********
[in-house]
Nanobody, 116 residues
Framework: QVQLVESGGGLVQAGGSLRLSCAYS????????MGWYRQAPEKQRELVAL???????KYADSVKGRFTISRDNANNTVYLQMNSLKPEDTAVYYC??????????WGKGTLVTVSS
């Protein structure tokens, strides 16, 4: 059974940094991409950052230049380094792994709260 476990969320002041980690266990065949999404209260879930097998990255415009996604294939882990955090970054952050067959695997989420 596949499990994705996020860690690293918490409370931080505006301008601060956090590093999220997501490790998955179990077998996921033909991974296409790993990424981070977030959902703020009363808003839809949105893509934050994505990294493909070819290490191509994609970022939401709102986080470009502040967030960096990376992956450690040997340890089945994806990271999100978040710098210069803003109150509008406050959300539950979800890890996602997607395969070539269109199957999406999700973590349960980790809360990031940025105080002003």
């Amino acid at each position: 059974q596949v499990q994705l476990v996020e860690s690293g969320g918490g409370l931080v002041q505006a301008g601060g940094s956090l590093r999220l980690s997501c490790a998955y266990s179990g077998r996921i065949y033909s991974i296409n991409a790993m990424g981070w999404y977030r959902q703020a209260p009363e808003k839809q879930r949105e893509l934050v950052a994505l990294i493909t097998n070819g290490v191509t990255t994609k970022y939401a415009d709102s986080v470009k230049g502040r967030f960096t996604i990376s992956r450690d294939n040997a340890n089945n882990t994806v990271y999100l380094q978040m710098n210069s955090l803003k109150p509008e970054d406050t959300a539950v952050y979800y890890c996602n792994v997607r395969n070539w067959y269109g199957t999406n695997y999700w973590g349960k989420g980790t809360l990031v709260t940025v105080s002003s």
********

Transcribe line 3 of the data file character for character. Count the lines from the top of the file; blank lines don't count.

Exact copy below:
Framework: QVQLVESGGGLVQAGGSLRLSCAYS????????MGWYRQAPEKQRELVAL???????KYADSVKGRFTISRDNANNTVYLQMNSLKPEDTAVYYC??????????WGKGTLVTVSS